oris Johnson’s road map out of lockdown finally offers a light at the end of the tunnel for those who have abstained from sex for months, or even a whole year, with more social interaction allowed - data permitting - in the near future.
From 21 June, it’s hoped all coronavirus rules will be lifted and epidemiologists have already (sensibly) predicted there could be a roaring twenties post-pandemic, filled with liberal spending of the money we saved, endless parties, and “sexual licentiousness”.
But after a year which saw casual sex largely off the table, could this increase in sexual activity come with a side order of problems? Some industry experts are predicting what the sexual landscape could look like when our pandemic inhibitions are lost.
We can look at data from the lifting of the first lockdown to give us an idea of what we might expect: online pharmacy Medicine Direct looked at four million Google searches between March and July 2020, which showed searches for STD tests increased by 51 per cent and searches for emergency contraception rose by 41 per cent. From this can we deduce that people started having more sex as soon as lockdown was eased?
Jon Higham, managing director of online pharmacy Medicine Direct tells The Independent that those who have formed close relationships via dating apps or Zoom will be “looking to make up for lost time” when the restrictions are lifted. “The data is clearly suggesting that casual and unprotected sex increased rapidly once restrictions were eased even slightly,” he says.
However, young people’s sexual health and wellbeing charity Brook explains that the reason for people searching out STI treatments may not be as straightforward as more people having unprotected sex when restrictions lift - but may indicate a retrospective problem.
“Although Brook clinics remained open throughout the pandemic, many other sexual health services closed, limiting some people’s access to contraception, STI testing and treatment,” said a Brook spokesperson, suggesting that a testing boom post-lockdown could be about increased access to services that people felt they couldn’t get during lockdown.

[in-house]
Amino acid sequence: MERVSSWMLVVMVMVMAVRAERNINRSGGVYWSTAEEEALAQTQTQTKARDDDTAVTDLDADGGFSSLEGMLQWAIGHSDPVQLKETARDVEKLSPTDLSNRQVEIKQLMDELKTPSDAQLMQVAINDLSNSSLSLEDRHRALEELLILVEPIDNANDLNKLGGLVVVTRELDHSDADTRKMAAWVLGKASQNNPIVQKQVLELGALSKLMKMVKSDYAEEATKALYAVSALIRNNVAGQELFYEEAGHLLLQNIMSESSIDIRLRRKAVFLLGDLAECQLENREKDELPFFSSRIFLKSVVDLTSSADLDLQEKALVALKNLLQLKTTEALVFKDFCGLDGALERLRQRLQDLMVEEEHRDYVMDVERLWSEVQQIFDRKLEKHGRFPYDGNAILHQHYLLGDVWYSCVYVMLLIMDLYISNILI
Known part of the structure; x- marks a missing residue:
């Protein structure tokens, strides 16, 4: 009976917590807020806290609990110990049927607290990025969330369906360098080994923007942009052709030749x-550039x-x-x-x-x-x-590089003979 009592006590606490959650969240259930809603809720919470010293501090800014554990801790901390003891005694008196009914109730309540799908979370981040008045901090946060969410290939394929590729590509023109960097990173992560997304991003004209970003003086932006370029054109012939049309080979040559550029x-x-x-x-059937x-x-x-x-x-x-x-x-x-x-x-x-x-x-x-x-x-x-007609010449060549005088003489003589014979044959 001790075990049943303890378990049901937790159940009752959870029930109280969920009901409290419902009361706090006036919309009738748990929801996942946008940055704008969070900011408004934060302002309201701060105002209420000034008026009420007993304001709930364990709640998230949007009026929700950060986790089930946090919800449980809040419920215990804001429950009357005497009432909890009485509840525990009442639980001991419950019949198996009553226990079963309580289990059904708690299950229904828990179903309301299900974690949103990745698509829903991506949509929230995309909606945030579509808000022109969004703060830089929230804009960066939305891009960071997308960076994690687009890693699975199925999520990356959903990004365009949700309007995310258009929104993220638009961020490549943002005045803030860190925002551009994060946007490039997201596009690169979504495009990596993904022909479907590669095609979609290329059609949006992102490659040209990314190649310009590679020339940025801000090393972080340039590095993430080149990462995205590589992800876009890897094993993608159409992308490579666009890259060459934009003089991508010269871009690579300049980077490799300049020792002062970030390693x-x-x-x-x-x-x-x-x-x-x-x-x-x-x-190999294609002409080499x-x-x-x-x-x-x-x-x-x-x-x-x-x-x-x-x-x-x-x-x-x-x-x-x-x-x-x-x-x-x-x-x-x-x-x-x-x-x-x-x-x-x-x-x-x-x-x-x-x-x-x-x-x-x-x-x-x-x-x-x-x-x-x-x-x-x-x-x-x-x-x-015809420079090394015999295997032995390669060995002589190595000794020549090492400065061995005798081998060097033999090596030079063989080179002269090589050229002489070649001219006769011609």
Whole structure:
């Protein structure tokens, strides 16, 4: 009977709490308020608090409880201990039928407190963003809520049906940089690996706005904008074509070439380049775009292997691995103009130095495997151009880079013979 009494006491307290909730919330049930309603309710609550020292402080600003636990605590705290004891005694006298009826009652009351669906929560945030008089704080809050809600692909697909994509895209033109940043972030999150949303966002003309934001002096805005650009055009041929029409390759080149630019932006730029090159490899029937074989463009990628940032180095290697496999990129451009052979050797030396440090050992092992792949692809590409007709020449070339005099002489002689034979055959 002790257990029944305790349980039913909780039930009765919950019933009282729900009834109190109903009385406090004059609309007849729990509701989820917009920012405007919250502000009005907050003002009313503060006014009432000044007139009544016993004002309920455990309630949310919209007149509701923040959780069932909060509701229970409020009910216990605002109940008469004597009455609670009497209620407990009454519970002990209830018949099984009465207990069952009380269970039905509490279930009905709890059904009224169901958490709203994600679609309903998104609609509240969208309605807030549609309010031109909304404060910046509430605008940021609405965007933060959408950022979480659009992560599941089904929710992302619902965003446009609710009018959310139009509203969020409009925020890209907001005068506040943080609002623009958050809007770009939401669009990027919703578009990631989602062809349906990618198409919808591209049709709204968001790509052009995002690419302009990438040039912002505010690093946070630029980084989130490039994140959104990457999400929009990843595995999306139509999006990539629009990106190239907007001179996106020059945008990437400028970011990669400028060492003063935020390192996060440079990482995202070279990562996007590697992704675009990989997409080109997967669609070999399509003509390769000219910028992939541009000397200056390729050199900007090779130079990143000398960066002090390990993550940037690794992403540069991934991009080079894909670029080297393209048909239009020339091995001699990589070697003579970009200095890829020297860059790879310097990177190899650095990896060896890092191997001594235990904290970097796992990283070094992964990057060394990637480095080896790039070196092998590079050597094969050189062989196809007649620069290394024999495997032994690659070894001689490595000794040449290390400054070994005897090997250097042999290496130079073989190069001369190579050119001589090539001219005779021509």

Catherine Mercer, professor of sexual health science at University College London, agrees the number of STI diagnoses following lockdown will be a mixed picture, with a number of things to consider, including those who’ve had untreated non-symptomatic STIs over lockdown.
Mercer tells The Independent: “Sexual health services were streamlined as part of the coronavirus response and so had to prioritise seeing people who were symptomatic. If you’ve had a bit of a concern and you haven’t had symptoms then you may have put getting tested on the back burner – so we may see an increase in people seeking services once restrictions start to be eased, due to the delay in having the green light to do so.”
Those who didn’t follow coronavirus regulations during lockdown are another consideration when looking at a possible rise in post-lockdown STI treatments – these individuals may have feared the potential legal ramifications when admitting to having a sexual relationship with someone outside of their household during lockdown.
“Qualitative research we’ve done suggests that some may be reluctant to seek care for fear of getting into trouble if they’re asked about new partners or casual sex, as admitting to either implies meeting people from outside one’s household and clearly not staying two metres apart, which is obviously a big no-no at this time,” explains Mercer.
Seeking treatments for a possible STI could have also been low down the priority list for many if they perceive coronavirus to be riskier. “During lockdown, the focus on protecting oneself and others from Covid-19 may mean that worrying about STIs isn’t on the radar – or is less of a priority,” adds Mercer.
Things have certainly changed since the first lockdown, which could lead to unpredictable behaviour coming out of the third lockdown. More than 25 million people in the UK now had a first dose of the vaccine, and although coronavirus cases have reduced, there are concerns over mutations of the virus including the UK (Kent), South African and Brazilian strains.
“Covid-19 will have led to significant changes to many people’s sex lives,” says the Brook spokesperson. How exactly sexual behaviour changes post-lockdown remains to be seen, but there is plenty to consider.”
They suggest a number of options that people might choose going forward, such as: making limited physical contact until they learn more about their partner; rapid flow tests before sexual contact; masks during distanced dating; and kissing becoming a “date three of four tradition” rather than first or second date.
Could those dating in a slightly older age bracket favour meet ups with those who have been vaccinated?
HIV and sexual health charity Terrance Higgins Trust has also already suggested that having sex could be adapted, with casual partners perhaps adopting “positions where you’re not face-to-face may also help” or wearing face masks.
Regardless of the intricacies of sexual behaviour, one point is consistent with the before times. “Having safe sex – in terms of using condoms to reduce the risk of STI transmission – remains as important as ever,” says Mercer.
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